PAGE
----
New Era newsletter issue 4

Issue 4 of the BFI’s New Era for Film transition newsletter circulated today details the new work activity, the new departments and their location. To access PDF click below.

New Era for Film issue 4

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Cuts to BFI library service

The following notice was sent to BFI library members on 12 April 2011:

Go to a copy of this message on the BFI website

Dear Library Member

Please be aware that from the week beginning 18th April 2011, the Reading Room of the BFI National Library will close at 5.30pm on Tuesday evenings. All late opening will be suspended during the summer holiday period, starting in July and resuming again in early September.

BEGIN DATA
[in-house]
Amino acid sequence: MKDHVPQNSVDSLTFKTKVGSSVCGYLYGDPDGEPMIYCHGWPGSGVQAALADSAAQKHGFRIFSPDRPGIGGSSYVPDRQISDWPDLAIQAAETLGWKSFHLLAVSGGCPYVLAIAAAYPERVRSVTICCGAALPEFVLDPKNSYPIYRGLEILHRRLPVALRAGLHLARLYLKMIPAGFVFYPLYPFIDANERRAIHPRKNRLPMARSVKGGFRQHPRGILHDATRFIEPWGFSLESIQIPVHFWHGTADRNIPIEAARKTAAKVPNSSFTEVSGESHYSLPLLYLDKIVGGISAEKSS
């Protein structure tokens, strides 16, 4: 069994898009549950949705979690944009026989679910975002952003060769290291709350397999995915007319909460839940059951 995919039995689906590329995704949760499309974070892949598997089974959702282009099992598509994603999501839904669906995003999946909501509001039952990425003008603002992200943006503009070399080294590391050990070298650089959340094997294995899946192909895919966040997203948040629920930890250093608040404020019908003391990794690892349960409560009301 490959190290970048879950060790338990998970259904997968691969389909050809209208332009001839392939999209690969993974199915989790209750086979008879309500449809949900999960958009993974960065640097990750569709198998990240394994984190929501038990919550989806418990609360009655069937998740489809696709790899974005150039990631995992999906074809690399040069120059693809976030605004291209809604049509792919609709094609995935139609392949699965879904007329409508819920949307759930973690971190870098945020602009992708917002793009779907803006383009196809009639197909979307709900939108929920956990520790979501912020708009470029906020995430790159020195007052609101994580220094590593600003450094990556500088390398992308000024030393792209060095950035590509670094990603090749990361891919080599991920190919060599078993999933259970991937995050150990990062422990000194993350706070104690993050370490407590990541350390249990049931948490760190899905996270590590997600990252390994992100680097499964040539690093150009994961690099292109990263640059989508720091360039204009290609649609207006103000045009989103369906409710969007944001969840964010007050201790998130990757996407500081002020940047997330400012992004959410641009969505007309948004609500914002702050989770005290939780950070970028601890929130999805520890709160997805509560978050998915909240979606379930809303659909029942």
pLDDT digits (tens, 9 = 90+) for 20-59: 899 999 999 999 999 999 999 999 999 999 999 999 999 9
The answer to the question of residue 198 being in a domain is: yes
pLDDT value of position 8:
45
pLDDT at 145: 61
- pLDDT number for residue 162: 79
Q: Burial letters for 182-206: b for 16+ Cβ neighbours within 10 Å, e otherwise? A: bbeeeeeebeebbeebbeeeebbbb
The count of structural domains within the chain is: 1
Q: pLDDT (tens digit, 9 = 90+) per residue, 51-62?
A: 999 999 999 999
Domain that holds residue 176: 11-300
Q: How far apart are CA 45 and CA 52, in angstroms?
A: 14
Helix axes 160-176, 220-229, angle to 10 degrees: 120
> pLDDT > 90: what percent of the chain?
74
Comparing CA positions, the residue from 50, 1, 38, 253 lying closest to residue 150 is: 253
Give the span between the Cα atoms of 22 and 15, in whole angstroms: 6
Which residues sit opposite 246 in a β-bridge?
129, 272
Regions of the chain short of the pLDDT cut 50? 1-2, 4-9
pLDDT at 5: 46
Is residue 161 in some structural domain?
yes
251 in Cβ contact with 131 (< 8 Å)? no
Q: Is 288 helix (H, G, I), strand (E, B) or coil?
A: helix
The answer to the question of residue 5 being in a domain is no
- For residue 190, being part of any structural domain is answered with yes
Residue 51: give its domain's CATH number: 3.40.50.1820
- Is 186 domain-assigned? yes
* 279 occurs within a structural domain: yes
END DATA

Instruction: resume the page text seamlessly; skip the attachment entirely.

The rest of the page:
Additionally, there will be a one week closure during August so that essential planning activities can take place. Further specific details of these changes to the Library schedule will be communicated to Library Members shortly.

The next year will be an exciting and challenging one for the BFI National Library and we will be spending a lot of time looking at all aspects of our operations, including our opening hours and services. We really appreciate your cooperation and understanding at this time of transition and wish to reassure you that we will work hard to minimise any inconvenience to you. We look forward to seeing you in the Reading Room very soon.

Best wishes

The BFI National Library Team

Sent by BFI, 21 Stephen Street, London W1T 1LN

Article about BFI library in ThreeD magazine

The MeCCSA newsletter ThreeD includes a feature about the BFI library in its April 2011 issue, which focuses on resistance to the cuts in Higher Education. To access a PDF of the article, click here:

BFI National Library: modernising or mothballing?

Library campaign letter to BFI governors